A Virginia Town Gave a Church $10,000 to Help Renovate Its Stained-Glass Windows

The town of Colonial Beach, Virginia recently gave away grants to help revitalize the boardwalk downtown. They want it to look beautiful to help draw in tourists, and these grants, which come from the state’s Department of Housing and Community Development, are meant to help with those efforts.

All of that sounds perfectly fine.

The problem is that $10,000 was given to St. Mary’s Episcopal Church to help refurbish stained glass windows.

The Freedom From Religion Foundation says that’s a violation of church/state separation because taxpayers are subsidizing a house of worship.

“The Establishment Clause of the First Amendment to the U.S. Constitution also prohibits the government from financially advancing places of worship,” FFRF Staff Attorney Ryan Jayne writes to Interim Colonial Beach Town Manager Eddie Blunt. “Funding church repairs violates this principle.”

Taxpayer funds should never be used to advance religion or places of worship, FFRF asserts. Once the government enters into the religion business, conferring endorsement and preference for one religion over others, it strikes a blow at religious liberty, forcing taxpayers of all faiths and of no religion to support a particular expression of worship. To avoid this problem in the future, Colonial Beach should not use taxpayer funds to repair places of worship.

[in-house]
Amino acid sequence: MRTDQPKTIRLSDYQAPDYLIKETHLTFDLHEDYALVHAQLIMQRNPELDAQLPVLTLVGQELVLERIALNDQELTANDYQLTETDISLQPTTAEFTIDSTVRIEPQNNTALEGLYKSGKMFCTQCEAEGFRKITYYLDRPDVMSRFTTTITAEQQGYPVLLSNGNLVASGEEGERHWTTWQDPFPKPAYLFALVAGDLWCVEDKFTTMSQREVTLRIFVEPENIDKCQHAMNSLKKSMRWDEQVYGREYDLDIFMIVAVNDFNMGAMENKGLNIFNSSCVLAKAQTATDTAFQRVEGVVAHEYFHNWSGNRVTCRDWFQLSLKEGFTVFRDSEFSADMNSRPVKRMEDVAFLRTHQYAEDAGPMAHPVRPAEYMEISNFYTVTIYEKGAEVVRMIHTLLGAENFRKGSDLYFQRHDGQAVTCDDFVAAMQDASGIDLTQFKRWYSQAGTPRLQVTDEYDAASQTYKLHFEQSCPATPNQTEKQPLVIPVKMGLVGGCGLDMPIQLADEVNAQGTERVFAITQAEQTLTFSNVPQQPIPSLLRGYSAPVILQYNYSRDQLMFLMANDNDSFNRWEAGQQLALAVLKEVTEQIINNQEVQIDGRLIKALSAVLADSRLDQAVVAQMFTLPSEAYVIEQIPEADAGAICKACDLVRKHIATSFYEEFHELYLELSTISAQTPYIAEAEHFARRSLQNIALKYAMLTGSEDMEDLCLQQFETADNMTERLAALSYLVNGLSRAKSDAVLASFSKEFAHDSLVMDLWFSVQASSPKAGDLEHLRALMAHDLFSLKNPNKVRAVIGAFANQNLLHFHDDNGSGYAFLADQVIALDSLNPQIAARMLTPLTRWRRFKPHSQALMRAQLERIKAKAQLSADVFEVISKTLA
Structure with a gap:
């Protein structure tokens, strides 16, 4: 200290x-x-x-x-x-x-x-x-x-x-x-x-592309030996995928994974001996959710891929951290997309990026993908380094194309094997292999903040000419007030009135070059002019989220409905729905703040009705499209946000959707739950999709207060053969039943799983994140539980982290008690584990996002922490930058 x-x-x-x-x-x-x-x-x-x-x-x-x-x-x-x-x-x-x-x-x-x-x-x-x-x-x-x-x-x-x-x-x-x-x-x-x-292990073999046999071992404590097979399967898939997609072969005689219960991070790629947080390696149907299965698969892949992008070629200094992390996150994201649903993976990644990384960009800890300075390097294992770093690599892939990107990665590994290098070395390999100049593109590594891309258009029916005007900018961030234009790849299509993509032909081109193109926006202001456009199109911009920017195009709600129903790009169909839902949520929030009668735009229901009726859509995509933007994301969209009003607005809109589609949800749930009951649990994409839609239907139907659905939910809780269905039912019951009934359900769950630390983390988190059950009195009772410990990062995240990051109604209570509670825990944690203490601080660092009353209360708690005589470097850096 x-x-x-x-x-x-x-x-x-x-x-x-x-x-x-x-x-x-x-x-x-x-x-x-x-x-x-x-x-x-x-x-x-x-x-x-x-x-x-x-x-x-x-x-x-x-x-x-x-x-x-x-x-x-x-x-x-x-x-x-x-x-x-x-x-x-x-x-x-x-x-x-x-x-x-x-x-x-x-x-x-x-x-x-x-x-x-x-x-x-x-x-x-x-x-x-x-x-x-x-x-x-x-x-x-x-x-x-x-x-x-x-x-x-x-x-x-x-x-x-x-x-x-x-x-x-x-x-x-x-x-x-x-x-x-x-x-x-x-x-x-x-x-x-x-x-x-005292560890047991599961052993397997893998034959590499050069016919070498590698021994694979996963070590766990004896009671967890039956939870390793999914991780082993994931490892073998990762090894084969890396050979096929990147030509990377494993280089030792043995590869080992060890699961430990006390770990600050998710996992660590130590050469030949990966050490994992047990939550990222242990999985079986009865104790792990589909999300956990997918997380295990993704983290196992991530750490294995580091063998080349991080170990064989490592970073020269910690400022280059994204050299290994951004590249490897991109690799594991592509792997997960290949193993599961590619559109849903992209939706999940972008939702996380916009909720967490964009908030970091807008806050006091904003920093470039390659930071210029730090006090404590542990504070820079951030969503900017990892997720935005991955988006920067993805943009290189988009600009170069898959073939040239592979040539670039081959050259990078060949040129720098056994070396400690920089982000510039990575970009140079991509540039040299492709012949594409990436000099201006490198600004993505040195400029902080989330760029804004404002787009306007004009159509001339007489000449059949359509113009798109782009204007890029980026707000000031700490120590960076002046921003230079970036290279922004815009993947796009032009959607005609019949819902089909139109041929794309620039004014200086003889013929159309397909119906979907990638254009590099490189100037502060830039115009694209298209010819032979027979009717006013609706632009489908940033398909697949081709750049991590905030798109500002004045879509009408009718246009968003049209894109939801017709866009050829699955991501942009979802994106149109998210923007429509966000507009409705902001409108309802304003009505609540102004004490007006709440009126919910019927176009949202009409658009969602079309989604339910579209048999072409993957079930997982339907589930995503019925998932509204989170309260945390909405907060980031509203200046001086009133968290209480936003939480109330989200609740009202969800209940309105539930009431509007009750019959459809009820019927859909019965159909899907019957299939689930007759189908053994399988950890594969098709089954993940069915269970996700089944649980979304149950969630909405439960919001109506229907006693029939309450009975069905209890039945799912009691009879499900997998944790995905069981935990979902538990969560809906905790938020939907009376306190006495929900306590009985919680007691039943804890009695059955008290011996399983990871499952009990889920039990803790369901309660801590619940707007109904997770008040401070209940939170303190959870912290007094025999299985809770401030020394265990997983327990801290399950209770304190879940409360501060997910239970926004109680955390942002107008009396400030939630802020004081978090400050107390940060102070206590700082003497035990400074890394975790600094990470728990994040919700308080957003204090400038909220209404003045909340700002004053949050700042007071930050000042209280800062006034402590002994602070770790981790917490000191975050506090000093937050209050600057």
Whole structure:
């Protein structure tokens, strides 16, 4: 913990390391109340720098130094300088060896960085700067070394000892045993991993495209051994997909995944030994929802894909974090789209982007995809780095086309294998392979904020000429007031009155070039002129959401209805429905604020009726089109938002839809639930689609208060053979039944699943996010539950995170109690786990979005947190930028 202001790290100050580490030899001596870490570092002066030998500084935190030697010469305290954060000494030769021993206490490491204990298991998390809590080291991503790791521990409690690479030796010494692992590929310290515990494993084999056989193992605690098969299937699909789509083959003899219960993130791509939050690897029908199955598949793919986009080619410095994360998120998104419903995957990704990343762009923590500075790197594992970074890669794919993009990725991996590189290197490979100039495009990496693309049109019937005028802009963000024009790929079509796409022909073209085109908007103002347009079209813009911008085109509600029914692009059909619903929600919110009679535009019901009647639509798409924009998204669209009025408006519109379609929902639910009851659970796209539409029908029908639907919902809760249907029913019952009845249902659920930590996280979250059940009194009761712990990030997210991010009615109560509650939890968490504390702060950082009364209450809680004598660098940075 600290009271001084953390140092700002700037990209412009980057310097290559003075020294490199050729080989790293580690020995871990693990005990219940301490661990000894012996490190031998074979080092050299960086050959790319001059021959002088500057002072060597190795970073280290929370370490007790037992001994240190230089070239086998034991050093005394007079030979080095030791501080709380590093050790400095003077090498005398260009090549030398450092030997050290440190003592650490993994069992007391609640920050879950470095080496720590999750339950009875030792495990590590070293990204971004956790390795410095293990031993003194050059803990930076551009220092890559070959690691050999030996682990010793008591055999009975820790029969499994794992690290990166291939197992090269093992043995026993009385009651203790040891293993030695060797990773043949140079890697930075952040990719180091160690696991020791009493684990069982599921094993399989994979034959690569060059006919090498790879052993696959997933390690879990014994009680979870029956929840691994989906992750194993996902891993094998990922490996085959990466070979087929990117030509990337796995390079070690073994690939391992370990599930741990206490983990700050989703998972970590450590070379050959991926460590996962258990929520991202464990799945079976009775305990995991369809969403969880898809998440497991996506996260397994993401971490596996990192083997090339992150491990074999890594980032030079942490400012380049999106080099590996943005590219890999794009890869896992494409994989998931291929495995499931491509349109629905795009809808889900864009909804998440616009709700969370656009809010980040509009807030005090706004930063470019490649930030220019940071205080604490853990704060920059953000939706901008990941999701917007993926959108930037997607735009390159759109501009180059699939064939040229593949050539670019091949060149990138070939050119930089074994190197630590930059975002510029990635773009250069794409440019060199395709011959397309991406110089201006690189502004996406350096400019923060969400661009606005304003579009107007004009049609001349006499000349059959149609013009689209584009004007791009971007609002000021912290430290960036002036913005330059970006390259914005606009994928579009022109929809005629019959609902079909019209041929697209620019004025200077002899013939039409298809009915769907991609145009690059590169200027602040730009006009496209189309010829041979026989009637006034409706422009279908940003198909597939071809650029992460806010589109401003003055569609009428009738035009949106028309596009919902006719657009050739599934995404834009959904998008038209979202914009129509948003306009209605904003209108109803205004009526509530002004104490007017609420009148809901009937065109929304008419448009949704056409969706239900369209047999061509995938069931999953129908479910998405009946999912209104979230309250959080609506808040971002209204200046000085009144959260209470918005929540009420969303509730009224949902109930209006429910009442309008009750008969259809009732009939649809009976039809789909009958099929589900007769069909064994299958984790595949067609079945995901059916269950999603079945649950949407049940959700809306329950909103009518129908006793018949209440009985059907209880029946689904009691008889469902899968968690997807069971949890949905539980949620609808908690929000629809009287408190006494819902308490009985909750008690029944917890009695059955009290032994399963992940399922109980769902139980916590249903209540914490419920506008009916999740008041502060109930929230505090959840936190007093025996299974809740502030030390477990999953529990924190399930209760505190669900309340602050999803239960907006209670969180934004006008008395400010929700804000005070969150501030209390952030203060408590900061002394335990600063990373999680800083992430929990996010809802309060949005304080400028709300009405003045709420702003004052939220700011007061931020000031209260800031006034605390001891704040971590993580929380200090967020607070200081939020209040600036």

“People of different faiths or no faith can suggest ten thousand better ways this taxpayer money can be put to use,” says FFRF Co-President Annie Laurie Gaylor. “Stained-glass windows on a church are quintessential religious symbols and cannot be paid for with government funds.”

I suspect defenders of the grant would point to last year’s Supreme Court decision in the Trinity Lutheran case to say that churches are eligible for any grant given for secular reasons. This is all about beautifying the town, and that’s what these stained-glass windows would do! But this issue deviates from Trinity in that the windows aren’t exactly meant to be used by the general public (unlike a playground). Hell, they look fine as is.

It’s easy to argue that restoring the windows to their original form helps the Church more than the community, and therefore the parishioners ought to pay for it, not taxpayers.

There’s no lawsuit just yet. But FFRF requested a response from the Town Manager before moving forward with anything.

(Image via Google Maps)

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